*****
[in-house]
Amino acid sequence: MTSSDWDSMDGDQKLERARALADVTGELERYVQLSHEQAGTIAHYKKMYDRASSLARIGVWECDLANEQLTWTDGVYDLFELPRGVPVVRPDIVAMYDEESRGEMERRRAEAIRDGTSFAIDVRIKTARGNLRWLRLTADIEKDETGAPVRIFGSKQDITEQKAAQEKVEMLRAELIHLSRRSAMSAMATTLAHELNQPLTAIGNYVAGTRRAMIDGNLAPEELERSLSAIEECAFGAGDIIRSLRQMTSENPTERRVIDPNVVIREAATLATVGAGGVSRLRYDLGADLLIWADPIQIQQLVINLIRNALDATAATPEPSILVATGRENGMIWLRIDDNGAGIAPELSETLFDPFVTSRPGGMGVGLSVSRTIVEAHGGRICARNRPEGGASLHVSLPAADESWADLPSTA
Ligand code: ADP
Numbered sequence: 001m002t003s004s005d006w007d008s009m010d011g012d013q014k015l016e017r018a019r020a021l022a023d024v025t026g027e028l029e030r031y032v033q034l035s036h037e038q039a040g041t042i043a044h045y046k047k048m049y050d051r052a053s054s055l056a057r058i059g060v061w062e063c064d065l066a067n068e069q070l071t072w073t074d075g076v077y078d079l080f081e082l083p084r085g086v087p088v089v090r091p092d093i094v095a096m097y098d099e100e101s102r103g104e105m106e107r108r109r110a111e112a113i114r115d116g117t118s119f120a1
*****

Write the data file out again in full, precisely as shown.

[in-house]
Amino acid sequence: MTSSDWDSMDGDQKLERARALADVTGELERYVQLSHEQAGTIAHYKKMYDRASSLARIGVWECDLANEQLTWTDGVYDLFELPRGVPVVRPDIVAMYDEESRGEMERRRAEAIRDGTSFAIDVRIKTARGNLRWLRLTADIEKDETGAPVRIFGSKQDITEQKAAQEKVEMLRAELIHLSRRSAMSAMATTLAHELNQPLTAIGNYVAGTRRAMIDGNLAPEELERSLSAIEECAFGAGDIIRSLRQMTSENPTERRVIDPNVVIREAATLATVGAGGVSRLRYDLGADLLIWADPIQIQQLVINLIRNALDATAATPEPSILVATGRENGMIWLRIDDNGAGIAPELSETLFDPFVTSRPGGMGVGLSVSRTIVEAHGGRICARNRPEGGASLHVSLPAADESWADLPSTA
Ligand code: ADP
Numbered sequence: 001m002t003s004s005d006w007d008s009m010d011g012d013q014k015l016e017r018a019r020a021l022a023d024v025t026g027e028l029e030r031y032v033q034l035s036h037e038q039a040g041t042i043a044h045y046k047k048m049y050d051r052a053s054s055l056a057r058i059g060v061w062e063c064d065l066a067n068e069q070l071t072w073t074d075g076v077y078d079l080f081e082l083p084r085g086v087p088v089v090r091p092d093i094v095a096m097y098d099e100e101s102r103g104e105m106e107r108r109r110a111e112a113i114r115d116g117t118s119f120a1